Application of Handheld Computing and Mobile Phones in Diabetes Self-Care

Application of Handheld Computing and Mobile Phones in Diabetes Self-Care

Abdullah Wahbeh (Dakota State University, USA)
DOI: 10.4018/978-1-4666-2671-3.ch015

Abstract

Advances in technology have accelerated self-care activities, making them more practical and possible than before using these technologies. The utilization of new Health Information Technologies (HIT) is becoming more and more apparent in self-care. Many patients incorporate the use of PDAs in diabetes self-care (Forjuoh, et al., 2007; Jones & Curry, 2006). Mobile phones are used in diabetes self-management by diabetes patients (Carroll, DiMeglio, Stein, & Marrero, 2011; Faridi, et al., 2008; Mulvaney, et al., 2012). Also, reminders based on SMS cell phone text messaging are used to support diabetes management (Hanauer, Wentzell, Laffel, & Laffel, 2009). Given the current advances in the field of health care, health care technologies, and handheld computing, this case explores the possible primary usages of mobile phones, PDAs, and handheld devices in self-care management. More specifically, the case illustrates how such technologies can be used in diabetes management by patients and health care providers.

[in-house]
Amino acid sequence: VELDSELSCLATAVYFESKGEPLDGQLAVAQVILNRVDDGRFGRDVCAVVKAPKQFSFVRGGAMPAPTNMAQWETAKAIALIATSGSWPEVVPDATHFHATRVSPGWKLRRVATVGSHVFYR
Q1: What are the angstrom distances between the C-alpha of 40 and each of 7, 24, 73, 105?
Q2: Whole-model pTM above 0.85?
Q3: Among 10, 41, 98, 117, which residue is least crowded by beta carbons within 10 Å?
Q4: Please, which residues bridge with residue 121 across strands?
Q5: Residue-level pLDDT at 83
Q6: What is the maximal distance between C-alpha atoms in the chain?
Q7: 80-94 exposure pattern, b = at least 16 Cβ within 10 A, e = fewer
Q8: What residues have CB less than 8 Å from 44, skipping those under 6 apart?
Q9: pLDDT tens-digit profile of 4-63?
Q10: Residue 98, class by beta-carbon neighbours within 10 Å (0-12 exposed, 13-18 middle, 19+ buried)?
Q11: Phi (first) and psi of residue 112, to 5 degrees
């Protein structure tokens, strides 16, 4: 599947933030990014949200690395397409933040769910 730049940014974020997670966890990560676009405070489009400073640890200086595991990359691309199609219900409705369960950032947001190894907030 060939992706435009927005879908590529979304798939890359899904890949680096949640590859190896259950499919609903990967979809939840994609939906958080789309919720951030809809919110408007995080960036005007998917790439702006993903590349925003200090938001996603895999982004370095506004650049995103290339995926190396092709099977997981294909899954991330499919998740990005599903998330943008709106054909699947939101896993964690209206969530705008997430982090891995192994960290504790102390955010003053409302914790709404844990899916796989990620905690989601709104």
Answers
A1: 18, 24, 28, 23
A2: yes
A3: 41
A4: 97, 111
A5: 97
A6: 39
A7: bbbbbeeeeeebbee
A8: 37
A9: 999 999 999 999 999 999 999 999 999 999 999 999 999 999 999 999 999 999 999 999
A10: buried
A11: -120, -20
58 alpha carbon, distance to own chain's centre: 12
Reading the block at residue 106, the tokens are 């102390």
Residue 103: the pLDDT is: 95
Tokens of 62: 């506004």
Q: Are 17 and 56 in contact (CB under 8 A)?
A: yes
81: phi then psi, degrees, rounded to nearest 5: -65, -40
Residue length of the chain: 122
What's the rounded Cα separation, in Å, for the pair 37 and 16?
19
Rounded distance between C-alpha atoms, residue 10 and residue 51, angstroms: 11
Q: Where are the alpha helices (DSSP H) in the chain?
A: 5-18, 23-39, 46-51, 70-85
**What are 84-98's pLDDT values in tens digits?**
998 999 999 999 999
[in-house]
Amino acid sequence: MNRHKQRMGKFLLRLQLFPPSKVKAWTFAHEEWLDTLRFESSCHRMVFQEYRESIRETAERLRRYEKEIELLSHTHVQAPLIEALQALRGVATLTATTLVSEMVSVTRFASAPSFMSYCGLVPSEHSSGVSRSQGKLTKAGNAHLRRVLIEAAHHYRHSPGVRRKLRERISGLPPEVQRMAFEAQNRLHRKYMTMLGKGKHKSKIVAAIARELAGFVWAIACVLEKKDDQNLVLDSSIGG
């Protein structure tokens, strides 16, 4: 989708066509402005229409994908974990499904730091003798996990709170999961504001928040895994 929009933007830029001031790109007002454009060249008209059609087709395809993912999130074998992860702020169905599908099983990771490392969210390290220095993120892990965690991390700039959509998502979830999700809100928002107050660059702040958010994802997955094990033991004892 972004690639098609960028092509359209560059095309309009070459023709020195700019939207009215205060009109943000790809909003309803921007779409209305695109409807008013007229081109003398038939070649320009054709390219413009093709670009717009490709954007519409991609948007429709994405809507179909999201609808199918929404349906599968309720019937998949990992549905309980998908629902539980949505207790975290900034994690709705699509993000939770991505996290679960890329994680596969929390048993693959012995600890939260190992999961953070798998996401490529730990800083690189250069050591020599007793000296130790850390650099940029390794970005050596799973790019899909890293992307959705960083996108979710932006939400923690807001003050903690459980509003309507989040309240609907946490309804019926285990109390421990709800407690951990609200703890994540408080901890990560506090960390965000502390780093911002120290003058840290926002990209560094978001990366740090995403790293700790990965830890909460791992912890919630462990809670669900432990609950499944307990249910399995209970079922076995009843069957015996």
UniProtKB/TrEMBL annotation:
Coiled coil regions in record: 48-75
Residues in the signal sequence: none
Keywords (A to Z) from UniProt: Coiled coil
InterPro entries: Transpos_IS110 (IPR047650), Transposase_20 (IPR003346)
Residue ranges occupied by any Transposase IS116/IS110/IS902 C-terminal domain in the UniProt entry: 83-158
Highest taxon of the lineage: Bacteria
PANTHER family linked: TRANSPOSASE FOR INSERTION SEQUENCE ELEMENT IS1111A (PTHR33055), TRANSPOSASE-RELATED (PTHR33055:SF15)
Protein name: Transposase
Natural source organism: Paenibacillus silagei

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Setting The Stage

Diabetes management is a complex and difficult. Previously, effective diabetes managements requires continual and demanding daily self-care behaviors and processes in different areas, such as testing and measuring glucose level, insulin injection, diet control, taking medications several times a day, seeking general information on diabetes from the libraries, calculating variable insulin dosage by estimating nutritional content of food, monitoring bodily symptoms and taking steps to feel normal again, exercise, and seeking specific information relating to own diabetes (Freund, Johnson, Silverstein, & Thomas, 1991; Hinder & Greenhalgh, 2012; Johnson, Silverstein, Rosenbloom, Carter, & Cunningham, 1986). Also, because of the difficulty of making lifestyle change, achieving effective management of diabetes has proven to be very difficult (Freund, et al., 1991; Johnson, et al., 1986).

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